Dean Foods Settlement Moves Forward – Essentially the Same Settlement Previously Rejected by Judge

The class action lawsuit settlement between Dairy Farmers of America (DFA)’s national marketing branch, Dairy Marketing Services (DMS), and thousands of northeastern dairy farmers is moving forward – with DFA agreeing to pay $50 million in damages to be divided among the farmers.

The long-running lawsuit accuses the dairy cooperative of trying to drive down milk prices by colluding to monopolize the market for raw milk in the Northeast.

Surprisingly, this is almost the same settlement that a federal judge rejected back in March, on the grounds that the average payout per dairy farm of $4,000 was inadequate and that the attorneys would be the primary beneficiaries of this agreement if their fees and costs were approved.

After some additional negotiating, the settlement was slightly amended but the settlement amount remained the same (the Associated Press article covering this story offers no explanation as to why). Despite the plaintiff’s attorney making a statement about the settlement being fair and reasonable, some of the class representatives remain in opposition to the deal.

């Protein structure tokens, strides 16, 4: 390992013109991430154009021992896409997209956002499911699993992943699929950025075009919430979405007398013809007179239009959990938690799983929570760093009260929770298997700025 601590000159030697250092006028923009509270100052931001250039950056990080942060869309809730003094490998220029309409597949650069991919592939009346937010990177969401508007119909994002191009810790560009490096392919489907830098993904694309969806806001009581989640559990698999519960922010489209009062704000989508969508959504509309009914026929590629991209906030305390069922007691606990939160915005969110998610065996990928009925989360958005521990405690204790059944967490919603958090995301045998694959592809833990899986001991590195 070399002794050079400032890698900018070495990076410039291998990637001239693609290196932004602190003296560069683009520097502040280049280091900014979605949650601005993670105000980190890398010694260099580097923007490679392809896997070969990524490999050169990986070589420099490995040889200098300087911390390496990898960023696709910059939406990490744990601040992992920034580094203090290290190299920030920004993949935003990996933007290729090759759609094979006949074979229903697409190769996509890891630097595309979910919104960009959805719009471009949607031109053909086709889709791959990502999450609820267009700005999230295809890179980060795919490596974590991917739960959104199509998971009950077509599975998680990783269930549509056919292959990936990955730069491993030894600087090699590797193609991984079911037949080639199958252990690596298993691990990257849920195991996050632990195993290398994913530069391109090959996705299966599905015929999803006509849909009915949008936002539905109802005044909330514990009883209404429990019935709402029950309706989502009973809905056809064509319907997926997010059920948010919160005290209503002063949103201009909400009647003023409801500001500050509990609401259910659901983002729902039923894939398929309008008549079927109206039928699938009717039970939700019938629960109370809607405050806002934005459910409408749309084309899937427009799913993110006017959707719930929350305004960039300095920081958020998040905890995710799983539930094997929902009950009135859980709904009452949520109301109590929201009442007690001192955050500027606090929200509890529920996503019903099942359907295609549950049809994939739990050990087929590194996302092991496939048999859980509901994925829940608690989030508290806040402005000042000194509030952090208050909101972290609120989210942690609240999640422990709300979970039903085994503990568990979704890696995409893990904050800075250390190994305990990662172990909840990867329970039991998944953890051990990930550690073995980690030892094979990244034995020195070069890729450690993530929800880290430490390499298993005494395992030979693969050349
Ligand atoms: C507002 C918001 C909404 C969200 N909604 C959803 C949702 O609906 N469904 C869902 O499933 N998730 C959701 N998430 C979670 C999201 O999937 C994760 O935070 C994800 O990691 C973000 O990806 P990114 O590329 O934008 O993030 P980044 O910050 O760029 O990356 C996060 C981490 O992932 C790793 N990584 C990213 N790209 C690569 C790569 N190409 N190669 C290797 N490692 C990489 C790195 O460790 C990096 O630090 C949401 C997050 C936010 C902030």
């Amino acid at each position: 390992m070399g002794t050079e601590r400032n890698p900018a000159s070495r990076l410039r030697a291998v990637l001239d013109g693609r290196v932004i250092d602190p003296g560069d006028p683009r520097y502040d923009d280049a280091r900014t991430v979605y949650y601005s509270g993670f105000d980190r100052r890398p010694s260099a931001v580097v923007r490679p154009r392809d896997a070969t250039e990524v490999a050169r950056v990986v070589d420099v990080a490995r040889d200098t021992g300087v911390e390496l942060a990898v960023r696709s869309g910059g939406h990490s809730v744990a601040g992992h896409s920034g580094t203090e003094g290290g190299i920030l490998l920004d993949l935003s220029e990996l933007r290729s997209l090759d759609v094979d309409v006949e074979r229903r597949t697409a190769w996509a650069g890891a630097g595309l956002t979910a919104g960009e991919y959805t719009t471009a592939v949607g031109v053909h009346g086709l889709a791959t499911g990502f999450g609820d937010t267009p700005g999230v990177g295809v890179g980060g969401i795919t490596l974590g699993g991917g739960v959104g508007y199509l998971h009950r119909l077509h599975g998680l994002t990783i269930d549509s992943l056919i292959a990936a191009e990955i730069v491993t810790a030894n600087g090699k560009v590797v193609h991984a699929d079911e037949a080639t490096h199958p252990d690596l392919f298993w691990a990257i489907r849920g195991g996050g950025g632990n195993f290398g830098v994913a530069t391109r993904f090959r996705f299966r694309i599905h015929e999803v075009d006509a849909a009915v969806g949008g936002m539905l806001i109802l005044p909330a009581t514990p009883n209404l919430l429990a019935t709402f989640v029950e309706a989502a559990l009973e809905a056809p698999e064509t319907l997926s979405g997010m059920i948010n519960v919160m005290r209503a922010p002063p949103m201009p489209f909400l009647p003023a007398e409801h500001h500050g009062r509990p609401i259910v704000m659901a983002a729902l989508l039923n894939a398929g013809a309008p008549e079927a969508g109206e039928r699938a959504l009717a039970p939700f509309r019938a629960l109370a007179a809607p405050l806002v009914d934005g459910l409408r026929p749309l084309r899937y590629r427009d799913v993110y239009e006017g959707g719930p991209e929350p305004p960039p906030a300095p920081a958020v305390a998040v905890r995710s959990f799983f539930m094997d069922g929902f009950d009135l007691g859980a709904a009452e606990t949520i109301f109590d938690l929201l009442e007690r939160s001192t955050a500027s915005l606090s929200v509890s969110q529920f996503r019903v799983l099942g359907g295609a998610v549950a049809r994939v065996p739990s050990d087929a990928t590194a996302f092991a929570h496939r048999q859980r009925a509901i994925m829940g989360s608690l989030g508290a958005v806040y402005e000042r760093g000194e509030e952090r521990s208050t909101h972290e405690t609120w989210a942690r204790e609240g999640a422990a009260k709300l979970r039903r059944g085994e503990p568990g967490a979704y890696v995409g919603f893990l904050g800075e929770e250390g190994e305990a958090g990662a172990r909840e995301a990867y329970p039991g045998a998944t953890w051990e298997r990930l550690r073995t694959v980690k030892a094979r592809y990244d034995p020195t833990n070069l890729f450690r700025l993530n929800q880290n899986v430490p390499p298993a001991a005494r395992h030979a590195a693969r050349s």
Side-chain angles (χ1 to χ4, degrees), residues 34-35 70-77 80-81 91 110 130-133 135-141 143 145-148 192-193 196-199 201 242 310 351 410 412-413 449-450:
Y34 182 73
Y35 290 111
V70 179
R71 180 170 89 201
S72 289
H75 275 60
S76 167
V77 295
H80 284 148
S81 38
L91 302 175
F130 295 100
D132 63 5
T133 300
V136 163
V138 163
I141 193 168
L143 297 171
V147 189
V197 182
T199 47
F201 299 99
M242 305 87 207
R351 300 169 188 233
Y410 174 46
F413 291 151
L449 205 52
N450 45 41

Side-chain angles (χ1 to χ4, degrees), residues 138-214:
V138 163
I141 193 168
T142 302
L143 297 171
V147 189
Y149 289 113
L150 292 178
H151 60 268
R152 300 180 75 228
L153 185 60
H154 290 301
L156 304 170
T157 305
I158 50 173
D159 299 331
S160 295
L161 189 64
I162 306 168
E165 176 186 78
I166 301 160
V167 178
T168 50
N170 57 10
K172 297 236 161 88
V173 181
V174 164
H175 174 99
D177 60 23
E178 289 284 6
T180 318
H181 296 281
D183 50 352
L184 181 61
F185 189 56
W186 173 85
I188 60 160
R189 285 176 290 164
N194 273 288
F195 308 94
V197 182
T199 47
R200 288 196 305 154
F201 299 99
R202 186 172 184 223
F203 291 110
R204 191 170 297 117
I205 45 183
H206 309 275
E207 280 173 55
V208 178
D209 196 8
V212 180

“We remain opposed to it. It’s fundamentally the same settlement that the judge correctly recognized…that the primary beneficiaries were counsel,” said dairy farmer Jonathan Haar (Associated Press).


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Judge Rejects Final Approval of Dean Foods Settlement

In July 2014, Dairy Farmers of America (DFA) and its marketing branch Dairy Marketing Services (DMS) settled a five-year class-action lawsuit that alleged the organizations conspired with Dean Foods to manipulate unpasteurized milk prices in the Northeast, forcing farmers to join DFA or market through DMS. As part of the settlement, DFA and DMS agreed to pay $50 million to farmers affected by their manipulation.

However, a federal judge has denied final approval of the settlement, which would have worked out to an average of $4,000 paid to each of the more than 7,000 dairy farmers, in part due to the dismayed reactions of dairy farmers to the settlement. The judge said, “the financial compensation of approximately $4,000 per dairy farm was characterized as ‘functionally irrelevant,’ as it reflects the cost of one ‘tractor tire.’” (Burlington Free Press). is a consumer education project of the Weston A. Price Foundation, a nutrition education nonprofit based in Washington, D.C. Visit their website,